If present only when the Amiga is connected, similarly unplug unused cables, and if it persists, replace the sampler or try shielding it in a Faraday Cage. (For hardware modders: from experience, the lack of a top half of the RF shield in an Amiga is not a problem.)

Fix bias

This is what causes clicks at ends of samples and exaggerates aliasing distortion and noise. It's caused by a difference in ground levels between devices, in turn caused by PSU differences and differences in load on these PSUs. This must be evened out. Since you connected your Amiga PSU to a non-grounded socket and connected the Amiga's ground to the "master ground", that of the source (with a single audio cable), bias should be 0 (or you have a problem with the Amiga PSU or with high-watt equipment on the same fuse as the involved outlets).
If you really need bias-causing powered equipment connected to the sampling chain for convenience, you can fix the bias digitally with the "NormalDC" button in Protracker if the sample does not reach max or min amplitude anywhere. Even then, you can apply it to quiet portions of the sample, where the bias is more audible.

Fix sampling distortion/noise

This is usually only audible in quiet portions of a sample, typically when a sample's volume tapers off at the end. One simple way of fixing it is to ensure the sample is "maximized"; that the wave (roughly) fills the sampling window vertically. This maximizes the signal to noise ratio. Ensure that it's not too loud, though for instruments with very sharp attack it's usually a good idea to trade a little distortion to not have noise throughout the long fadeout. (This also means that you should not have exaggerated attacks in your instruments, in order that you can increase the volume a notch without hitting max. Hit the keys softly or use a compressor set to slow attack.)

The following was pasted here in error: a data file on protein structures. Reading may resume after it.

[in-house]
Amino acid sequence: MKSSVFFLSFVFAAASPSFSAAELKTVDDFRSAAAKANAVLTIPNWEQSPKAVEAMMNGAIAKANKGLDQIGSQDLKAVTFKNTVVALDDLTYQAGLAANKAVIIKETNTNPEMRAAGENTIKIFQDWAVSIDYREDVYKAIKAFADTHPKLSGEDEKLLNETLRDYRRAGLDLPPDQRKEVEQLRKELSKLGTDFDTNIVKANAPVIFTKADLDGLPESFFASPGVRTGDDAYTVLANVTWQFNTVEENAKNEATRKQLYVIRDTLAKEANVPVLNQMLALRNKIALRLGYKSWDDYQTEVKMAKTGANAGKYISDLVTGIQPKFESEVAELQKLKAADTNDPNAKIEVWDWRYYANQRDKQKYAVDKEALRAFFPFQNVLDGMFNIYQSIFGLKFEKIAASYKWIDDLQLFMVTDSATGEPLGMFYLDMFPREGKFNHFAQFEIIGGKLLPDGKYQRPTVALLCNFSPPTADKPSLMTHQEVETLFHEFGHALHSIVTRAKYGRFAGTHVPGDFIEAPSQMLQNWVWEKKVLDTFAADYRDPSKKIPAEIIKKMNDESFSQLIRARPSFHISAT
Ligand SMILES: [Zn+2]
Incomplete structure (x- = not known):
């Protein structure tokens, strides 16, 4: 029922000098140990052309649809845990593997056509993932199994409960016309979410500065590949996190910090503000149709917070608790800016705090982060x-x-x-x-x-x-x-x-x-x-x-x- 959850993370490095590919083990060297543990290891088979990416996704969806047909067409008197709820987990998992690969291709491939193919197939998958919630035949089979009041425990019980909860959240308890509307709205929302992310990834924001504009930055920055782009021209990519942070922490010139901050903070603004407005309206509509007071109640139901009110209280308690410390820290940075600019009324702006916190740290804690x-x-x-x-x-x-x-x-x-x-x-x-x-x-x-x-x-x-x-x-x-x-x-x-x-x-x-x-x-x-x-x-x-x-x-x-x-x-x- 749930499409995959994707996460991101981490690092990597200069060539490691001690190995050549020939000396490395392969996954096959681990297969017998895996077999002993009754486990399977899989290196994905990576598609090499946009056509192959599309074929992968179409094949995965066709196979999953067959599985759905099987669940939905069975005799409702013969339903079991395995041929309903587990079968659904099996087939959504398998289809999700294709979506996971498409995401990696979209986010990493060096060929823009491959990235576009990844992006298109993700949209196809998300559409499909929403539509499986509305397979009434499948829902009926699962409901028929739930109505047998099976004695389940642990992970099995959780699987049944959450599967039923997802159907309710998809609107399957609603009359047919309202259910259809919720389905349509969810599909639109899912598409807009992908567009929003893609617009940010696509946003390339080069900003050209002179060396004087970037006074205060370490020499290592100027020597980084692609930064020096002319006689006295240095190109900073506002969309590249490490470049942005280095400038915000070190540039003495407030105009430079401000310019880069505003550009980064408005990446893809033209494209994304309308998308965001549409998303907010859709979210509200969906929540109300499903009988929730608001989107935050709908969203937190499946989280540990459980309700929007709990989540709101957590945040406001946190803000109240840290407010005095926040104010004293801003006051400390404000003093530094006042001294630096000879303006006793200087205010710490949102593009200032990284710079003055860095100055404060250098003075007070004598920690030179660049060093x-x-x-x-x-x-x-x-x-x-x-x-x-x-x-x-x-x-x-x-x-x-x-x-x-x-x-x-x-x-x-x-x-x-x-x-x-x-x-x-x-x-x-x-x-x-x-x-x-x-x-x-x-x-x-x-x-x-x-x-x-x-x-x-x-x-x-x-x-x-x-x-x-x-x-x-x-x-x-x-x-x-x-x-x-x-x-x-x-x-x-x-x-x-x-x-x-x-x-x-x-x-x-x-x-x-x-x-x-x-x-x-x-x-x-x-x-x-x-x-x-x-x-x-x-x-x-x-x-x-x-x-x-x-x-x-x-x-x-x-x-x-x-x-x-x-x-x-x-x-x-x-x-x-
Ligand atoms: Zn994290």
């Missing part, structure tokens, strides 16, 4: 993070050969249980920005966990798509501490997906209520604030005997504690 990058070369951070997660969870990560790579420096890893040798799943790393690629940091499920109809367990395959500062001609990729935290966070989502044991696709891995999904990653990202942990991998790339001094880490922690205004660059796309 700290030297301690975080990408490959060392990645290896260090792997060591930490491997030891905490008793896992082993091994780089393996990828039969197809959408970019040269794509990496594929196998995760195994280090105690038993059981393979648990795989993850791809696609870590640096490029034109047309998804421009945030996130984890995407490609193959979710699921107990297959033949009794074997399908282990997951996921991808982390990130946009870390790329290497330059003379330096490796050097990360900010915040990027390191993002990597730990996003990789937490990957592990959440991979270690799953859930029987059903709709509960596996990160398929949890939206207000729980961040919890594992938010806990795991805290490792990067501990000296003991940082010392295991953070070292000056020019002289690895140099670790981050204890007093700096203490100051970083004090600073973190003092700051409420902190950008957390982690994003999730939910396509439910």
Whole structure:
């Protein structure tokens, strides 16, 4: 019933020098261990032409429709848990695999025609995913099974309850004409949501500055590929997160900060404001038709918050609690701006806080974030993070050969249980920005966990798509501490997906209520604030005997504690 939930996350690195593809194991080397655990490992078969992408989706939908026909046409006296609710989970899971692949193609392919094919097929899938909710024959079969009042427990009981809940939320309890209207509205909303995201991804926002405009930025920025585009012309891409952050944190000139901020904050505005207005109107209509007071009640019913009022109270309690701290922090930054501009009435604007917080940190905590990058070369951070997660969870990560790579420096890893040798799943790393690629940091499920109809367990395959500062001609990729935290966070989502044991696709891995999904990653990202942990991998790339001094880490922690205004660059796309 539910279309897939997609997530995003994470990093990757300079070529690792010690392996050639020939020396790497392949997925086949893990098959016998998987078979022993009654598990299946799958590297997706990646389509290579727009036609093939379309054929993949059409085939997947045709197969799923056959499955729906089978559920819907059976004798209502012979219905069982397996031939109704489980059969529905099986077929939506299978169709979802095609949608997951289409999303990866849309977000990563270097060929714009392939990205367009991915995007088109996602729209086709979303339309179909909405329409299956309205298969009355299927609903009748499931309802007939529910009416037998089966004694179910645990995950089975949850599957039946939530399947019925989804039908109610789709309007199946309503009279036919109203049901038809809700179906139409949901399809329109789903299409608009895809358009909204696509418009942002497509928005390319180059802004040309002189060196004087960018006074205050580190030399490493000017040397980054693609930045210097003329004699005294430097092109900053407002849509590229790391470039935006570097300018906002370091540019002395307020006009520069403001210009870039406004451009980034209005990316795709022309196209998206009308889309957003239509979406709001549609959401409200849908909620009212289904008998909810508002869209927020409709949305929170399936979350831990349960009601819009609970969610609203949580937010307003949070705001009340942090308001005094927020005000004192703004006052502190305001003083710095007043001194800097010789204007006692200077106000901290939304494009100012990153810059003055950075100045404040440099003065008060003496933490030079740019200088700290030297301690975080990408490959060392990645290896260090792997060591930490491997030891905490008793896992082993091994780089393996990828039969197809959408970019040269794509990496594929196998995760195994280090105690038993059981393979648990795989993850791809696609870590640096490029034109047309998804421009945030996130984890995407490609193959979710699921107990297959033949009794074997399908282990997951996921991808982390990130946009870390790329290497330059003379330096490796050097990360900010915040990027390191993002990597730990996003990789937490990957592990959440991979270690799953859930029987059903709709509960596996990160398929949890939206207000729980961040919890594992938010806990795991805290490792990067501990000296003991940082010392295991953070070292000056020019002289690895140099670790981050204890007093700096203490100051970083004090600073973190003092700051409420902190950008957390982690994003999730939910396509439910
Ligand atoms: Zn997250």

The artifact simply comes from the 8-bit sampling resolution. Occasionally, sampling at a lower note will reduce it (by not sampling to frequency near a prominent one present in the sound). You can also use studio equipment such as equalizers with a 1-octave-soft-knee low-pass filter (such as that present in a reverb's "HF damp" control) and noise reduction units to generally polish up the sound.
8-bit post processing is limited - but you can always do it the ST-01 way: cut off the sample before it causes trouble (becomes quiet enough for the noise to be heard). You should fade the volume to zero at the end to avoid end clicks. A very short (16 to 64) fadeout length is enough.


From the issues above, resampling will never yield best results, but a minimal sampling chain setup can. If you have 1000 samples already edited and ready to be Amiga-converted, by all means drop them on this SoX script.
But for all sensible music use, you really need to hear what you're doing, tweak stuff until it sounds good on Amiga, and then sample it to the note you're recording, so you can play melodies with it. I do this with the above setup and listening in headphones, only at the Amiga end, and sampling directly to the note I strike, 95% of the time C-3 but occasionally C-2 for bass or A-3 for noisy percussion such as cymbals. A-3 is close enough to 28 kHz.